The duration of the war and its likely death toll remain as impossible to predict as the regional and global ramifications of what is likely to become a lengthy US military occupation of Iraq. The one thing that is certain is that these will be of such momentous proportions as to change the face not just of the region, but of the world.
Arab leaders, who in recent months have appealed to the Bush administration to desist from actions that threaten to drive the region into chaos, have in the last two days accepted the inevitability of the invasion of Iraq, adopting, as one observer put it, a strategy of minimising the potential losses to the security and stability of their states and the region as a whole.
In a televised address to the nation yesterday morning, President Hosni Mubarak sounded an ominous note. “During the past few hours,” Mubarak said, “the question of Iraq’s WMD capabilities and of their divesting passed through a crucial turning point, one that threatens grave ramifications not just for the stability of the Middle East region and its persistent pursuit of prosperity and development, but also in terms of the ability of the United Nations, and particularly the Security Council, to undertake its crucial role in managing the international mutual security system and safeguarding international peace and security.”
Mubarak reviewed Egyptian and Arab efforts to achieve a peaceful settlement of the Iraqi crisis, asserting the basic principles upon which Egyptian policy on this issue was based — international legitimacy, protecting the sovereignty and territorial integrity of Iraq and the indivisibility of the peaceful resolution of the region’s conflicts, foremost among which that of the Palestinian question.
Concern with regional dangers was echoed by Arab League Secretary-General Amr Moussa. “When I was saying this war was going to open the gates of hell I meant it,” Moussa says in an exclusive interview with Al-Ahram Weekly. (see p.5)
“The destruction and negative consequences are not going to be just about Iraq. No. It will affect the whole region and beyond. It will probably affect the international system as well,” Moussa added.
Among the many casualties commentators point to the collapse of the UN system, put in place at the end of World War II. At the UN Security Council yesterday the foreign ministers of France, Russia and Germany condemned the American-led war and affirmed its illegality under the UN Charter.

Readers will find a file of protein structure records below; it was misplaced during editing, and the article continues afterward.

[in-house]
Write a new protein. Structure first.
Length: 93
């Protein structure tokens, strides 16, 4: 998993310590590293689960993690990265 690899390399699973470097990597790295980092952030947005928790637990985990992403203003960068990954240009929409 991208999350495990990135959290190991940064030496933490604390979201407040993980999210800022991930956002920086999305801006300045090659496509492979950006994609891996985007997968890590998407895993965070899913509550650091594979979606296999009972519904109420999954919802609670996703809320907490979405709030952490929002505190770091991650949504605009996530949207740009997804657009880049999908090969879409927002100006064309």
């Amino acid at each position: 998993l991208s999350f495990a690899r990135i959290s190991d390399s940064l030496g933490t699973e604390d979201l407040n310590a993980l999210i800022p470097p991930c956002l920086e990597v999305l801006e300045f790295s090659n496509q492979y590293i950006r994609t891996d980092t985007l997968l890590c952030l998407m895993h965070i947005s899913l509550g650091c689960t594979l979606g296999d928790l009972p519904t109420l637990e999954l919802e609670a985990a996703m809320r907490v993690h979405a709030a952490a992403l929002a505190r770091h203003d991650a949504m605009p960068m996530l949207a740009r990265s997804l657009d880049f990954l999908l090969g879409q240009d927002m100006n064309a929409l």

“We have to state clearly under the current circumstances that the policy of military intervention has no credibility… There is no basis in the UN Charter for a regime change with military means,” German Foreign Minister Joschka Fischer told the council. Germany, he said, “emphatically rejects the coming war”.
Russian Foreign Minister Igor Ivanov was equally emphatic. “Not one of these decisions authorises the right to use force against Iraq outside the UN Charter. Not one of them authorises the violent overthrow of a sovereign state,” he said.
French Foreign Minister Dominique de Villepin warned of the fallout of war. “To those who think that the scourge of terrorism will be eradicated through what is done in Iraq, we say that they run the risk of failing in their objective,” he said.
On board USS Abraham Lincoln, Admiral Keating addressed hundreds of his men telling them: “When it’s all done… and they rewrite history, because that is what you are going to do, your names will be written in gold on those pages.”
Before that gilding begins history will have to be effaced, not rewritten. An illegal war waged in blatant violation of the UN Charter and of international law; a war against which 30 million people throughout the world have already demonstrated before a single shot is fired on streets from Los Angeles to Tokyo; a war to which opinion polls in virtually all the world’s nations, with the exception of the US and Israel, have produced a definitive ‘no’ — how can such a war be recorded except in infamy?
And this, before the body count.
HANI SHUKRALLAH writes a weekly column for the Cairo-based al-Ahram newspaper.